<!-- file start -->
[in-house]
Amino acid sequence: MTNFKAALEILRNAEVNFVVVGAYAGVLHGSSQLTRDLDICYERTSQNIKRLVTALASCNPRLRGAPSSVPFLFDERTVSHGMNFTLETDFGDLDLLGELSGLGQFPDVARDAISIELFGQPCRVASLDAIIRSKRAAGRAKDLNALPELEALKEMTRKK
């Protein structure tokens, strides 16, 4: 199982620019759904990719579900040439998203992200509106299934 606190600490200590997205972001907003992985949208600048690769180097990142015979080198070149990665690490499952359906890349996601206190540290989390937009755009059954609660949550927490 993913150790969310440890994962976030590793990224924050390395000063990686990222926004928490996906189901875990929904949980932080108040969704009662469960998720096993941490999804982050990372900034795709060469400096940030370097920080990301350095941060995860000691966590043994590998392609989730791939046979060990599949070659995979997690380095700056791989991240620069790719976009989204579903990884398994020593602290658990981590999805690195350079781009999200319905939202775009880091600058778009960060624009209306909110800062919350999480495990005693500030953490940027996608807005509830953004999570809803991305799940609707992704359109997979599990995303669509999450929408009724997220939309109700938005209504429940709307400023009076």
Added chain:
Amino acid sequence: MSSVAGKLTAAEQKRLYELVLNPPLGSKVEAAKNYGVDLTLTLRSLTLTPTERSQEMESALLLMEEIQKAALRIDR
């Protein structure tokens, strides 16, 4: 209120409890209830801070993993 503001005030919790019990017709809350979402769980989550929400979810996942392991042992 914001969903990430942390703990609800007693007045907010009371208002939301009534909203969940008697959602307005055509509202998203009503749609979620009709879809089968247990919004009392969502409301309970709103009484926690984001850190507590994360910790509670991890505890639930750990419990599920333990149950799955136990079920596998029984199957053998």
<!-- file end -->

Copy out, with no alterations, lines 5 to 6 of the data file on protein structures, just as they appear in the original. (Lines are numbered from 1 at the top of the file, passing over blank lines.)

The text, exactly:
Amino acid sequence: MSSVAGKLTAAEQKRLYELVLNPPLGSKVEAAKNYGVDLTLTLRSLTLTPTERSQEMESALLLMEEIQKAALRIDR
């Protein structure tokens, strides 16, 4: 209120409890209830801070993993 503001005030919790019990017709809350979402769980989550929400979810996942392991042992 914001969903990430942390703990609800007693007045907010009371208002939301009534909203969940008697959602307005055509509202998203009503749609979620009709879809089968247990919004009392969502409301309970709103009484926690984001850190507590994360910790509670991890505890639930750990419990599920333990149950799955136990079920596998029984199957053998």